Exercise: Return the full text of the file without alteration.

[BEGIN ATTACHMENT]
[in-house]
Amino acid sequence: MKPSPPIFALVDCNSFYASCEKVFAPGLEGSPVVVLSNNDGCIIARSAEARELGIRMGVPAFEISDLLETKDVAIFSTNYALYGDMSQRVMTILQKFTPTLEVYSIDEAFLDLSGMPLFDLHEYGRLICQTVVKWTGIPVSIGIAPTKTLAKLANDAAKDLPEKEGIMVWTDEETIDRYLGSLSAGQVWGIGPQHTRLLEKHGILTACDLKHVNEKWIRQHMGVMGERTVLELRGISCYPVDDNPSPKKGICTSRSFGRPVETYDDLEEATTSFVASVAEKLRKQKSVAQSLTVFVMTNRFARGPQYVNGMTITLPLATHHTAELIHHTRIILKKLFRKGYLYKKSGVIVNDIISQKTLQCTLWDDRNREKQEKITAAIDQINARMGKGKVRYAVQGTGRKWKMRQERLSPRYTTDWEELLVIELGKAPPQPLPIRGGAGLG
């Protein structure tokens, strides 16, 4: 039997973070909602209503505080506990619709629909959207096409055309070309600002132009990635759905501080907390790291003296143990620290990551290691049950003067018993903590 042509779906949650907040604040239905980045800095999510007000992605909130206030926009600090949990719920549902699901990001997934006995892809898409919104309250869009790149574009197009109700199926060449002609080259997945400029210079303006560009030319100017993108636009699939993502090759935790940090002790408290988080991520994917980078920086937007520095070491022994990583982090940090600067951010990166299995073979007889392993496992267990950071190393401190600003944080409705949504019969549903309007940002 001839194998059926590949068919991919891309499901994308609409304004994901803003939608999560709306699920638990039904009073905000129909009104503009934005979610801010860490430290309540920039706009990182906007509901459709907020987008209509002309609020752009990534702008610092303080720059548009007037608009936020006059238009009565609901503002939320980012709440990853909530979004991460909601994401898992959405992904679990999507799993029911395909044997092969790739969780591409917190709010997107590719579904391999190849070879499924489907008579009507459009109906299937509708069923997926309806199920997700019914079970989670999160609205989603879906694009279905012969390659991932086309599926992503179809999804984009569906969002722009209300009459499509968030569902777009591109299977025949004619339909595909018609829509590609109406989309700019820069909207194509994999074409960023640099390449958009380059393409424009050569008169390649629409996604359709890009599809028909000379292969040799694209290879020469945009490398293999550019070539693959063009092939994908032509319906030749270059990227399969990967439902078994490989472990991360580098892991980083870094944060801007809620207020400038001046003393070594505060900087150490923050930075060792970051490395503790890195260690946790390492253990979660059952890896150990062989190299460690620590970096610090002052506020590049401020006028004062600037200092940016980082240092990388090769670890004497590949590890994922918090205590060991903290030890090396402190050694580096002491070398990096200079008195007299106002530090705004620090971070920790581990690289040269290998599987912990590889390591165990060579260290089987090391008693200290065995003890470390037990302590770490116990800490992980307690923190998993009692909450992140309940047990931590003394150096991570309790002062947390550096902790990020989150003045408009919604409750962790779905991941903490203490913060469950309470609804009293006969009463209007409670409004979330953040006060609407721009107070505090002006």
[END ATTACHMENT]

[in-house]
Amino acid sequence: MKPSPPIFALVDCNSFYASCEKVFAPGLEGSPVVVLSNNDGCIIARSAEARELGIRMGVPAFEISDLLETKDVAIFSTNYALYGDMSQRVMTILQKFTPTLEVYSIDEAFLDLSGMPLFDLHEYGRLICQTVVKWTGIPVSIGIAPTKTLAKLANDAAKDLPEKEGIMVWTDEETIDRYLGSLSAGQVWGIGPQHTRLLEKHGILTACDLKHVNEKWIRQHMGVMGERTVLELRGISCYPVDDNPSPKKGICTSRSFGRPVETYDDLEEATTSFVASVAEKLRKQKSVAQSLTVFVMTNRFARGPQYVNGMTITLPLATHHTAELIHHTRIILKKLFRKGYLYKKSGVIVNDIISQKTLQCTLWDDRNREKQEKITAAIDQINARMGKGKVRYAVQGTGRKWKMRQERLSPRYTTDWEELLVIELGKAPPQPLPIRGGAGLG
């Protein structure tokens, strides 16, 4: 039997973070909602209503505080506990619709629909959207096409055309070309600002132009990635759905501080907390790291003296143990620290990551290691049950003067018993903590 042509779906949650907040604040239905980045800095999510007000992605909130206030926009600090949990719920549902699901990001997934006995892809898409919104309250869009790149574009197009109700199926060449002609080259997945400029210079303006560009030319100017993108636009699939993502090759935790940090002790408290988080991520994917980078920086937007520095070491022994990583982090940090600067951010990166299995073979007889392993496992267990950071190393401190600003944080409705949504019969549903309007940002 001839194998059926590949068919991919891309499901994308609409304004994901803003939608999560709306699920638990039904009073905000129909009104503009934005979610801010860490430290309540920039706009990182906007509901459709907020987008209509002309609020752009990534702008610092303080720059548009007037608009936020006059238009009565609901503002939320980012709440990853909530979004991460909601994401898992959405992904679990999507799993029911395909044997092969790739969780591409917190709010997107590719579904391999190849070879499924489907008579009507459009109906299937509708069923997926309806199920997700019914079970989670999160609205989603879906694009279905012969390659991932086309599926992503179809999804984009569906969002722009209300009459499509968030569902777009591109299977025949004619339909595909018609829509590609109406989309700019820069909207194509994999074409960023640099390449958009380059393409424009050569008169390649629409996604359709890009599809028909000379292969040799694209290879020469945009490398293999550019070539693959063009092939994908032509319906030749270059990227399969990967439902078994490989472990991360580098892991980083870094944060801007809620207020400038001046003393070594505060900087150490923050930075060792970051490395503790890195260690946790390492253990979660059952890896150990062989190299460690620590970096610090002052506020590049401020006028004062600037200092940016980082240092990388090769670890004497590949590890994922918090205590060991903290030890090396402190050694580096002491070398990096200079008195007299106002530090705004620090971070920790581990690289040269290998599987912990590889390591165990060579260290089987090391008693200290065995003890470390037990302590770490116990800490992980307690923190998993009692909450992140309940047990931590003394150096991570309790002062947390550096902790990020989150003045408009919604409750962790779905991941903490203490913060469950309470609804009293006969009463209007409670409004979330953040006060609407721009107070505090002006």